Kent Leatham
The Song of Songs, Each of Which Belongs to the King
(Chapter 5, Verse 7)

“If destruction be our lot, we must ourselves be its author and finisher” — Abraham Lincoln, 1838

“There are no charters” —Audre Lorde, 1984


the watchmen
Night watchmen
The guards

found me
found me then
found me as I
I encountered them then

Then I was caught by
The sentries as they
were patrolling
made their rounds
went about the city

in the city
for the city
patrolling our city
watching the city and guarding the walls

They found me
in our city
the guards

the guardians
of the walls

They beat me
they beat me
they beat me
they beat me

They beat me and bruised
they bruised me
they stripped

They struck
and wounded me
they stripped off my veil

they beat and broke me
they smote and wounded
they struck me
they struck
They took off my clothes

They took away
they stripped away
they lifted my
they lifted my cloak


laid bare

They took my
forcibly removed my
placed their hands on my
peeled away

The guardsmen

of the walls
They took

beat me and left me
and bared

at the walls
at the foot of
in the shadow of

those guards
of our city
The watchers

found me
beat me
left me

They left
The city’s keepers

The men who keep

the city safe at night
and walls

(dedicated to all LGBTQIA+ BIPOC victims of
racist and trans/queer-phobic police brutality)

June 2020
Kent Leatham
Not Much Cabbage & One Boy Left

Springcreek, Miami County, Ohio. September the 11th, 1862.

Dear Brother in Camp,

“What sacrifices have you made for your conscience?

why oh why dont you write I have been waiting very patiently but alas I want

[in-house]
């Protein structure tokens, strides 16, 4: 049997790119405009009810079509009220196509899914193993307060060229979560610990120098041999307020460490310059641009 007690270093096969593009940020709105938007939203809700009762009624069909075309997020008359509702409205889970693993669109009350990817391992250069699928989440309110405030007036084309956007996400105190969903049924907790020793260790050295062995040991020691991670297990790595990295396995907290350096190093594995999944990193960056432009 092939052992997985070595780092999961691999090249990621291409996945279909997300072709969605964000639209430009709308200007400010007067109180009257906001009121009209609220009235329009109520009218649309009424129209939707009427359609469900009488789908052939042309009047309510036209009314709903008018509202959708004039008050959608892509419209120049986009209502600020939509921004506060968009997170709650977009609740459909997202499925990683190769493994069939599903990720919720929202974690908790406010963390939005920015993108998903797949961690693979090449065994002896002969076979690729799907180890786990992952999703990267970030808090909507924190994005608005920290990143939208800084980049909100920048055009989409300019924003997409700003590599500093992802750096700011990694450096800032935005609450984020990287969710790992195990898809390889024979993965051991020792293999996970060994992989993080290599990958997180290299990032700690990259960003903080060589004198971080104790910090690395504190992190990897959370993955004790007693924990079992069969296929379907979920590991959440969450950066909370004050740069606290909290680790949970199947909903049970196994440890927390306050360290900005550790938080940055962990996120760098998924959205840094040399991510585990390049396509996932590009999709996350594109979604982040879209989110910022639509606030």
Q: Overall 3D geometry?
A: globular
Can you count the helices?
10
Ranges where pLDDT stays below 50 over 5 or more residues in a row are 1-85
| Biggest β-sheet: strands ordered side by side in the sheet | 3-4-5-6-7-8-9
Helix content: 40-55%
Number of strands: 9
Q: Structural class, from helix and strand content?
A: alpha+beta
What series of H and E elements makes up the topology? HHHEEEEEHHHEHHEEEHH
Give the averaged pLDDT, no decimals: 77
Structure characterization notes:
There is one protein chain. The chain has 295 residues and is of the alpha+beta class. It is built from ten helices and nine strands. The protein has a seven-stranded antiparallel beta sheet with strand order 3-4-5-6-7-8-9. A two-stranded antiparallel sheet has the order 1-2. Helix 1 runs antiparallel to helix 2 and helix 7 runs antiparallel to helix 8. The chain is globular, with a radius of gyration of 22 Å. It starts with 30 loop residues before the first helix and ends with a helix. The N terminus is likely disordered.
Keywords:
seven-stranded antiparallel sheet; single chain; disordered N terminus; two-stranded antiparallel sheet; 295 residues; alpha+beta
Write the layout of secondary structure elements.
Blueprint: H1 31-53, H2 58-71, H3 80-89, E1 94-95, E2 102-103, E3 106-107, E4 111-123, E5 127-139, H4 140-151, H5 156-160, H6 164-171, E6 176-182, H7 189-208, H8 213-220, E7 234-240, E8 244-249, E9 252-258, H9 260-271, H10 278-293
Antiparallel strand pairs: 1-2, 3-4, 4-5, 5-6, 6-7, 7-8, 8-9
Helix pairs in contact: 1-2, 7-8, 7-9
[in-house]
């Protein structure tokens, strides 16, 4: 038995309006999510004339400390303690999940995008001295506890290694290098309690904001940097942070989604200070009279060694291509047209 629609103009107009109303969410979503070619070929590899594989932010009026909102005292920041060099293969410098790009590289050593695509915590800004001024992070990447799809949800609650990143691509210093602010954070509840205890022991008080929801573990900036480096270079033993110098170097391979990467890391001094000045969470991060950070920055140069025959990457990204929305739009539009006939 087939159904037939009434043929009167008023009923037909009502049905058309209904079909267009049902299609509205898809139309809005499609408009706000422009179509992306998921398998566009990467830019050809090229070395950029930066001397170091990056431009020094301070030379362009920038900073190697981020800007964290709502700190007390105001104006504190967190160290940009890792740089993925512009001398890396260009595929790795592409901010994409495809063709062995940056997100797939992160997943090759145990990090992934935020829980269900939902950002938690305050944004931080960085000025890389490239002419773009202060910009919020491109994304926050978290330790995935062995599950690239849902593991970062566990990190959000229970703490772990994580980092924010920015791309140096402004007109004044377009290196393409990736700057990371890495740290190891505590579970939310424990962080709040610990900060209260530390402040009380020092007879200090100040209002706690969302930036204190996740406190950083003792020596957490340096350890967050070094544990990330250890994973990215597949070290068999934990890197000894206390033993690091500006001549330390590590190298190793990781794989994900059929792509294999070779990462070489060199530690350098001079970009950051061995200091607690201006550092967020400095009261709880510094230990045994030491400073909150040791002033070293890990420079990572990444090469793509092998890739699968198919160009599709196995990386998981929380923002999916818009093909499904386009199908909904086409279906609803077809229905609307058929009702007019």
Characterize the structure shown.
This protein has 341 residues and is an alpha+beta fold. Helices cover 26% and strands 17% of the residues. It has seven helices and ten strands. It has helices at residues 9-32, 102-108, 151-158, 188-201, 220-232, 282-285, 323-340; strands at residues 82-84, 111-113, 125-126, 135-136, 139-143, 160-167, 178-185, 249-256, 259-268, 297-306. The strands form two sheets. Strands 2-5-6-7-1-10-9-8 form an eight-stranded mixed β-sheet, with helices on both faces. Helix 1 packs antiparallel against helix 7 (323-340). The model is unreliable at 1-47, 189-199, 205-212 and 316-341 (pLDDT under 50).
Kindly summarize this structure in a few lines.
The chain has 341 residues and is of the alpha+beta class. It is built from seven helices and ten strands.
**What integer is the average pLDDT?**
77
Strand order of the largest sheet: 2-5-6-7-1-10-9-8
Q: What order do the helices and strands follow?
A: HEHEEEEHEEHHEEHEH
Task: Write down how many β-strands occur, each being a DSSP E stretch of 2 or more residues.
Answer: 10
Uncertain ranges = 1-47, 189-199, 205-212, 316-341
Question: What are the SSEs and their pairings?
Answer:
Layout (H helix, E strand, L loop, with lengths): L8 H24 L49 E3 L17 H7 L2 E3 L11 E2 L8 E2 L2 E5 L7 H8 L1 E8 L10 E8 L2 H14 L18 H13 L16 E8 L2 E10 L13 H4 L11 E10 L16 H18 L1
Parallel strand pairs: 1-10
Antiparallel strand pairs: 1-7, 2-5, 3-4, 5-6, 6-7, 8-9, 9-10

to hear from you in about three shakes of a dead sheeps tail if you are still

living and have paper and the use of your right arm and hand we heard

What books have you read on the subject of pacifism?

you was very low with the consumption which I hope is not true

Margery is here and we get along she is baking bread pies and cakes

she brings me whiskey for my rheumatism we have thrashed

Why do you refuse to fight or object to killing?

our wheat and got 109 bushels and we have the best corn we ever had

though not much cabbage we are not dutch enough I guess there is

plenty of apples this year I am drying what falls of the maiden blush

Are you against all war?

when Tom thrashed our wheat the driver was a soldier who lost his

left arm at the battle of pittsburg landing he is staying at Mrs Eastys there

has been several deaths some that died in the hospital and some sent home

What alternate method would you use to resist evil?

Alexander Sohell is dead so now there is only the old woman and one boy left

Frank Denoman was in the battle at pittsburg and had a hole shot in his hat

John Beamer was wounded in the thigh though not dangerous Mrs Beamer

Why is it wrong to prevent evil from happening to others?

is in the lunatic asylum and crazy old Duke was nearly blind but the doctor

turned his eye inside out and cut the blubbers off and now he is better

Will says you knowed the man that was killed in Bill Andersons company

Why is it wrong to defend your country?

his name was Miller Berry he was a blacksmith in piqua the morning that

the rebels got in to the camp before they was seen and the union men

run like the dickens Jimmy Burns run a mile and a half before he over took

Why accept the benefits of a country you won’t protect?

his company and he had nothing but his pants and shirt on he says

there was about ten or a dozen rebels close to him and he could hear the balls

whizzing close to him he had to run for dear life oh and the folks down at

Do you have any civic duties at all?

smalley town are nearly scared to death on the account of the small pox

a young man come back from the war that they think has it our old sow has

two pigs and Tom is going to sell them to the butchers our old cat has three